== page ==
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YA Review: How Moon Fuentez Fell in Love with the Universe by Raquel Vasquez Gilliland

Title: How Moon Fuentez Fell in Love with the Universe
Author: Raquel Vasquez Gilliland
Year published: 2022
Category: YA fiction
Pages: 448 pages
Rating: 4.5 out of 5

Location: (my 2022 Google Reading map)USA (TX, LA)

SummaryWhen her twin sister reaches social media stardom, Moon Fuentez accepts her fate as the ugly, unwanted sister hidden in the background, destined to be nothing more than her sister’s camerawoman. But this summer, Moon also takes a job as the “merch girl” on a tour bus full of beautiful influencers and her fate begins to shift in the best way possible.

Most notable is her bunkmate and new nemesis, Santiago Phillips, who is grumpy, combative, and also the hottest guy Moon has ever seen.

Moon is certain she hates Santiago and that he hates her back. But as chance and destiny (and maybe, probably, close proximity) bring the two of them in each other’s perpetual paths, Moon starts to wonder if that’s really true. She even starts to question her destiny as the unnoticed, unloved wallflower she always thought she was.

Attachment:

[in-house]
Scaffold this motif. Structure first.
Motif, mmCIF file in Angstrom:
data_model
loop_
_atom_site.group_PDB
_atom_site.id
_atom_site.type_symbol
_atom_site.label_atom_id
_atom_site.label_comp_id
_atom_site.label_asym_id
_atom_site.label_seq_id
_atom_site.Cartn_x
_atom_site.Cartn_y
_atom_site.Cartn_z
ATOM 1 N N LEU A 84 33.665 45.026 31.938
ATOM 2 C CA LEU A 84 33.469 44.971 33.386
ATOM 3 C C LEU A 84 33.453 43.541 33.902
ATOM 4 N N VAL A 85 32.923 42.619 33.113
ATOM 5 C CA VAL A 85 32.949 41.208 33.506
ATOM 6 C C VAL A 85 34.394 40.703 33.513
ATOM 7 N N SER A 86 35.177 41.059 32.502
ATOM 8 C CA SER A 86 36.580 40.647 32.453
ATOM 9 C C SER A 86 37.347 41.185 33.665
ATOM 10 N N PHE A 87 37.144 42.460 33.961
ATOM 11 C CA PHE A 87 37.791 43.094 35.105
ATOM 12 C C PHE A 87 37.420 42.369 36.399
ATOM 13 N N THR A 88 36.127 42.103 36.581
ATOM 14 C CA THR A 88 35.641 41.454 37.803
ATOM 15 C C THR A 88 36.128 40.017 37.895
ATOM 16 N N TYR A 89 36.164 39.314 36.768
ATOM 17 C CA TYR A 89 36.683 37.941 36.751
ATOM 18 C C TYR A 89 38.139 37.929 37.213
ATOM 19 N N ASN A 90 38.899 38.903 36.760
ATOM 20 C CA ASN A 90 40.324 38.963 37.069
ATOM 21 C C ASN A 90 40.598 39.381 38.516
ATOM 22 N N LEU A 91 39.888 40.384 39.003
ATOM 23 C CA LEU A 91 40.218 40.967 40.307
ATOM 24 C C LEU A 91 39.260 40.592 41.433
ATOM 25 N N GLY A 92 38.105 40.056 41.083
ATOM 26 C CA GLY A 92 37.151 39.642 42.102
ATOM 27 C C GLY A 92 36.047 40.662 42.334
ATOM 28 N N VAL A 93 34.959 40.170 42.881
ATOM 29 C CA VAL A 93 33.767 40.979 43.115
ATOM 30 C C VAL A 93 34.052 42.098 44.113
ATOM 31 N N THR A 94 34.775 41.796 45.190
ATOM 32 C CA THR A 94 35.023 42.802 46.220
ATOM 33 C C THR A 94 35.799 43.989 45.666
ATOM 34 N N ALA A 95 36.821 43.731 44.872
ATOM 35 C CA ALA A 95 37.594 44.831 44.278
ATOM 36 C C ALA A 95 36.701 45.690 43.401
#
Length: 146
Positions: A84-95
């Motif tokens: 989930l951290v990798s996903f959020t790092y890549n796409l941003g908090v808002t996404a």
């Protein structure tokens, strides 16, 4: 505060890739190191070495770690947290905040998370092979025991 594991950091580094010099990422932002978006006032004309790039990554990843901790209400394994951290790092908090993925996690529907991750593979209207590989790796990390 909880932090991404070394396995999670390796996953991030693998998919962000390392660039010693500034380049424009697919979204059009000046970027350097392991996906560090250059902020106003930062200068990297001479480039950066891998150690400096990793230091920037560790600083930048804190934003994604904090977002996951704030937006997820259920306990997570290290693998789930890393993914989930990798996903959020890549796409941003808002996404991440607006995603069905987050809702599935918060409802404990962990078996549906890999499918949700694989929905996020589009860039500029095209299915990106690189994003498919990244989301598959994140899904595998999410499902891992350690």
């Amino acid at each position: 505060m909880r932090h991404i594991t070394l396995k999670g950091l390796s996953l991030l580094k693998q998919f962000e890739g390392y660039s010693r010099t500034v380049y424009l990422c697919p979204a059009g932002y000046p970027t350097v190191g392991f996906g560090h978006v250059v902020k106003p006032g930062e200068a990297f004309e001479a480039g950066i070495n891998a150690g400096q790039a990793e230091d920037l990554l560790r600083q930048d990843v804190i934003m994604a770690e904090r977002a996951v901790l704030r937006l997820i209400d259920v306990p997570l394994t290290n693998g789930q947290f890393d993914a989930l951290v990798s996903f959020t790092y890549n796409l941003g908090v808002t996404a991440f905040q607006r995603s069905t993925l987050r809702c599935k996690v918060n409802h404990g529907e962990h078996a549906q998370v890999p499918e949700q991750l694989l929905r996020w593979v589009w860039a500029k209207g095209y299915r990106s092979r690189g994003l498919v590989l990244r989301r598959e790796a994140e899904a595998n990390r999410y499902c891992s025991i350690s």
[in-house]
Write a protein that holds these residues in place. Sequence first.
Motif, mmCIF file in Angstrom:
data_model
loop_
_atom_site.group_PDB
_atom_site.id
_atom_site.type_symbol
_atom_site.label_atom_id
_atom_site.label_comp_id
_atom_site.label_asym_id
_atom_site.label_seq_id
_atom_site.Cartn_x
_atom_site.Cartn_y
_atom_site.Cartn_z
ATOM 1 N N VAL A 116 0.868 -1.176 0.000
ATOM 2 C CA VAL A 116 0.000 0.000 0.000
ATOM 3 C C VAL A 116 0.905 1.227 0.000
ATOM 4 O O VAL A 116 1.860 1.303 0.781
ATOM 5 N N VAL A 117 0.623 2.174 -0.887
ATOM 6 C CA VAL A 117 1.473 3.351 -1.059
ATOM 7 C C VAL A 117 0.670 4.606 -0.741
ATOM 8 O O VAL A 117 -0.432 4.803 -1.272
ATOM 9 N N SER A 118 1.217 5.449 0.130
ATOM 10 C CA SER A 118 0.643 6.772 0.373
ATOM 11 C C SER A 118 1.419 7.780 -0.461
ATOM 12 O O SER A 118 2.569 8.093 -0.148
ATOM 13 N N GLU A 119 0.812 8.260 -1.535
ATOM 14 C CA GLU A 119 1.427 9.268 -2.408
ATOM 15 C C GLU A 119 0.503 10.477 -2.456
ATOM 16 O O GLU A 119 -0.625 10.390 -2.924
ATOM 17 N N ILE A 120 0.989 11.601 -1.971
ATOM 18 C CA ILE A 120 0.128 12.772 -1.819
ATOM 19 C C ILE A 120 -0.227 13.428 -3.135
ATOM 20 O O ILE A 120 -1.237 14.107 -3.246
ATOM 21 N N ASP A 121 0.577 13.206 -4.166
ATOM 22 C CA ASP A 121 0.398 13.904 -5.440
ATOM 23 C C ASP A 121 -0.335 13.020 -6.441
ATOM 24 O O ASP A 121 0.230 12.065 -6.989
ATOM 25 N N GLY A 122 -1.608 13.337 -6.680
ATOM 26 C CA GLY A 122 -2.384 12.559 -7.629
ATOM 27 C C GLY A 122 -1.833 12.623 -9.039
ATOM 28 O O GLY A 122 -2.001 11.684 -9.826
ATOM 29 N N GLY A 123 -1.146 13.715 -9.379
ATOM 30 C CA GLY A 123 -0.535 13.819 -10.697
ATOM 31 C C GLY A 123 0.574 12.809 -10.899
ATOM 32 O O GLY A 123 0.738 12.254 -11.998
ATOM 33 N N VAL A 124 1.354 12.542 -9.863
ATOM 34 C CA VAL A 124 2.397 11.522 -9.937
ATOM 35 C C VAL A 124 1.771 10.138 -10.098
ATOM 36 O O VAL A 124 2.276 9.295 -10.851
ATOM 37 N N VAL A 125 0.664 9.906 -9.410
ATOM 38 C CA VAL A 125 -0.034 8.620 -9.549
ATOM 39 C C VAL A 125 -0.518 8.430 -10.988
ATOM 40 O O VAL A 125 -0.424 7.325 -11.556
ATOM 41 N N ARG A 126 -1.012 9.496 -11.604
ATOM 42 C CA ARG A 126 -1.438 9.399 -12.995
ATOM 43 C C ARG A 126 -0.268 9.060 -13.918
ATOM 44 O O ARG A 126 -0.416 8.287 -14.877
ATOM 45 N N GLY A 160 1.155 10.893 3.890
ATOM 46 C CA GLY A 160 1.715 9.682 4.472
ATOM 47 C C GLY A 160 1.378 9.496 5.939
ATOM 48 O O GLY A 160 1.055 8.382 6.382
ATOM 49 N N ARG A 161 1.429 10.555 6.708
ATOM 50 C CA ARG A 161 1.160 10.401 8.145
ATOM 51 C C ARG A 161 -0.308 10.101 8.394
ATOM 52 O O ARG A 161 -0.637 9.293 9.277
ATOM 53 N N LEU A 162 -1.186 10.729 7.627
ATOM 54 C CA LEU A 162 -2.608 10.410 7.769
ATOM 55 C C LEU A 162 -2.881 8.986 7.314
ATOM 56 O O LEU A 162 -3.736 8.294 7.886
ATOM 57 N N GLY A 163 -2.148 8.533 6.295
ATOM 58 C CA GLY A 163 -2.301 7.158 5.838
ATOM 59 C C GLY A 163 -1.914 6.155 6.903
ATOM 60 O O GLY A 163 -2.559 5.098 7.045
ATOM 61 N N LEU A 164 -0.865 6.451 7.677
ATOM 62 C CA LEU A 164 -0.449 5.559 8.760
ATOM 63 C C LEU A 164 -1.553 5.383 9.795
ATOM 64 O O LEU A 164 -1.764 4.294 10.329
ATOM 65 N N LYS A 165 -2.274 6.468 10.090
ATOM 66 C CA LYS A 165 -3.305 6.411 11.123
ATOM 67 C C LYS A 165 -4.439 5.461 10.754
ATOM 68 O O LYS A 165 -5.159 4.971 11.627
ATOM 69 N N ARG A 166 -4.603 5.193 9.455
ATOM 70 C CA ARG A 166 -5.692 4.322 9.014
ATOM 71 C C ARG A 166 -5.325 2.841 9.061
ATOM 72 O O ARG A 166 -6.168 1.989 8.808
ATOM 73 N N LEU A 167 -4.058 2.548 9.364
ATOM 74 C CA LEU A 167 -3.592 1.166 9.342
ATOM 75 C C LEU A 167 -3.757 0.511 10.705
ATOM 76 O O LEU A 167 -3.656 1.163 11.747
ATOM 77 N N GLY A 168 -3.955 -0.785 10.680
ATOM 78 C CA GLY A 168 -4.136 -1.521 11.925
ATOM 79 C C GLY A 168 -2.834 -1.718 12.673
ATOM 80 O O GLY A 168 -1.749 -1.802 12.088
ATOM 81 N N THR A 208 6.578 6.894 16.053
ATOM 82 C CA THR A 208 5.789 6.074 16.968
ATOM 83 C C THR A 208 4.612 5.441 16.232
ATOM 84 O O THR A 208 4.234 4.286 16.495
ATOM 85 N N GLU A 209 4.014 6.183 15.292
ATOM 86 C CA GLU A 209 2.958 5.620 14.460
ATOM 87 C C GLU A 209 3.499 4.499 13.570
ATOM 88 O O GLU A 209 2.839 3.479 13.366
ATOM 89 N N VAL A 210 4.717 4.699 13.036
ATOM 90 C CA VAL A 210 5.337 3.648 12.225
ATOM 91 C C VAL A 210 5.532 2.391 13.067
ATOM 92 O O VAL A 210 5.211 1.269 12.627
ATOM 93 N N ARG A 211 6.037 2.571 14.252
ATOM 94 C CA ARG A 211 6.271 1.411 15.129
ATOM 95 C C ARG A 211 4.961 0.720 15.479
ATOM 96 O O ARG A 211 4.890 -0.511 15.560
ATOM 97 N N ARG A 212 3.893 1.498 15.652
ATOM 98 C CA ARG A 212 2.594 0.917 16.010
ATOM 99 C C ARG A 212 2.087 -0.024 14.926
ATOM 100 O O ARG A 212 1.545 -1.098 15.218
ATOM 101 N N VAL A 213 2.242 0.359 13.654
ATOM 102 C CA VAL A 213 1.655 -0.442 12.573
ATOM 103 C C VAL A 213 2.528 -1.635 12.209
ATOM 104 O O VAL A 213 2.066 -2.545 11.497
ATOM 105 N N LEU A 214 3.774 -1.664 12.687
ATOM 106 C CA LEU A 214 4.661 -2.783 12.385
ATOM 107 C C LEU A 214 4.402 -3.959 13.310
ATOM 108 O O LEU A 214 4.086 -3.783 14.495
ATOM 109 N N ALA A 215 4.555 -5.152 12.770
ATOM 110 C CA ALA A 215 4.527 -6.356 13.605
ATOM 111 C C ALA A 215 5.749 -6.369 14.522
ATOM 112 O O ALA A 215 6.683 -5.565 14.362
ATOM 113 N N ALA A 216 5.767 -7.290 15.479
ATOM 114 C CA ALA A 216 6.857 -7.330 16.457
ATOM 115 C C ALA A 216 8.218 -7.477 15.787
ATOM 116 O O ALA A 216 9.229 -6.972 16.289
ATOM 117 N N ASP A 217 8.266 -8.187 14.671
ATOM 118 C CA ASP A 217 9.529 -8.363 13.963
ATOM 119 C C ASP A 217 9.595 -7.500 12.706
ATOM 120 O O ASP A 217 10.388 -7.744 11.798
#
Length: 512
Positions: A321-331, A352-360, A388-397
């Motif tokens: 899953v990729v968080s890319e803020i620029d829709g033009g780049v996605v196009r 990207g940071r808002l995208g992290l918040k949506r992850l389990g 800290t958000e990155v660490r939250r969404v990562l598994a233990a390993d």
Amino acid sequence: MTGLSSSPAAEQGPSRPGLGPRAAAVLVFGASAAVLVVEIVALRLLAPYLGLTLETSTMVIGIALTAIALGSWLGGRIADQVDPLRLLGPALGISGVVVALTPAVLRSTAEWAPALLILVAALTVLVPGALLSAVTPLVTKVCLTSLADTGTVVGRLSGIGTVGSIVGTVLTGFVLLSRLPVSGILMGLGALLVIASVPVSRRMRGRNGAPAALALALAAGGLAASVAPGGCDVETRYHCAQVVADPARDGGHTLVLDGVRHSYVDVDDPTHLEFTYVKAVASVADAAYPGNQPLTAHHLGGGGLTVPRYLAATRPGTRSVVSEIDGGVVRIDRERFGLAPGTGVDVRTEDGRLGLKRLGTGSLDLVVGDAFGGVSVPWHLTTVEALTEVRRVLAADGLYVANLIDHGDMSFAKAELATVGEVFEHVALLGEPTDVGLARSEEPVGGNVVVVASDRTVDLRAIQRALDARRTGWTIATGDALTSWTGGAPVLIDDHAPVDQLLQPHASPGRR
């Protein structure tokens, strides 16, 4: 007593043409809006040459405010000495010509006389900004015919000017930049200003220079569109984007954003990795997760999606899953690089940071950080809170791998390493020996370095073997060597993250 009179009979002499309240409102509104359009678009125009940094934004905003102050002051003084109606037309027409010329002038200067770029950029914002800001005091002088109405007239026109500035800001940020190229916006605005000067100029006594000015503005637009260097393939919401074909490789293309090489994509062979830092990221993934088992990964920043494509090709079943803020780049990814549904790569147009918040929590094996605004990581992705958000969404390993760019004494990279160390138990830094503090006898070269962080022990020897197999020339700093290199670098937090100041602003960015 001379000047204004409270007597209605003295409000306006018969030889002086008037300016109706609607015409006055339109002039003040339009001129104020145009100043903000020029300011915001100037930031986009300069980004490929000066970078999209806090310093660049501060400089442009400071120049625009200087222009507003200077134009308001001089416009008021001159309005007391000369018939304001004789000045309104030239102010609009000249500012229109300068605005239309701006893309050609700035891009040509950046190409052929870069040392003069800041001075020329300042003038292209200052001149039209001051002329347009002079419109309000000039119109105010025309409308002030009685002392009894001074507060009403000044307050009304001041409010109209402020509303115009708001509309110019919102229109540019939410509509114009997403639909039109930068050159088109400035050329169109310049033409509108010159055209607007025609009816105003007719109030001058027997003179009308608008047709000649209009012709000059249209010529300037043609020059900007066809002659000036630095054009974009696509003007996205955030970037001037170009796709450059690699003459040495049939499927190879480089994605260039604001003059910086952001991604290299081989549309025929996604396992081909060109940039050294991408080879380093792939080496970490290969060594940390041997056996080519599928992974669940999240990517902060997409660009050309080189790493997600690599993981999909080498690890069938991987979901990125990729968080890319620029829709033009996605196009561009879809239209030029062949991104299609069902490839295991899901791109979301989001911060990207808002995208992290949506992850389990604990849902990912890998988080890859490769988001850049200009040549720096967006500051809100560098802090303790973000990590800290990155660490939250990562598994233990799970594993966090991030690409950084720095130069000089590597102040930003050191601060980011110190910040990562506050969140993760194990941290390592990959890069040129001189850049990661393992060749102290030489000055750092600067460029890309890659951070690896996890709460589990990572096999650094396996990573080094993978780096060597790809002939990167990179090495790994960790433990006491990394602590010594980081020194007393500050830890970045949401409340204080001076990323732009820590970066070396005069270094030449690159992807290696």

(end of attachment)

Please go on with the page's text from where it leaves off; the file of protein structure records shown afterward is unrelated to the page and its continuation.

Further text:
Could this summer change Moon’s life as she knows it?

Review: This book is the winner of the Pura Belpré Award for best work by a Latino author from the American Library Association. I liked this novel the moment I started listening to it (more than I liked her earlier novel, Sia Martinez and the Moonlit Beginning of Everything). Moon is fun, tough, and interesting and I like how she was navigating the world and her family. She has been dealt a terrible deal in life with a father who died, a mother who is hateful, and a twin sister who sides with her mother. Due to all of this, her self esteem has hit rock bottom.

The themes of coming of age, body image and beauty, social media, and more all figure in this novel, but really it's about self discovery and self love. What's not to like about that?! And there's some romance along the way, never a bad thing in my mind. The cover captures the book's mood well, which is always a bonus for me.

I also think the definition of family and success are well done in the novel. If our parents don't (or aren't able to) take care of us, there are others who will step up, love us, and show us the way. Moon's transition to (almost) self acceptance is gradual and real and made me love her as a character. The best message is that we cannot rely on others to make us love ourselves, that has to come from within.

Challenges for which this counts:
  • YMA--Pura Belpré Award

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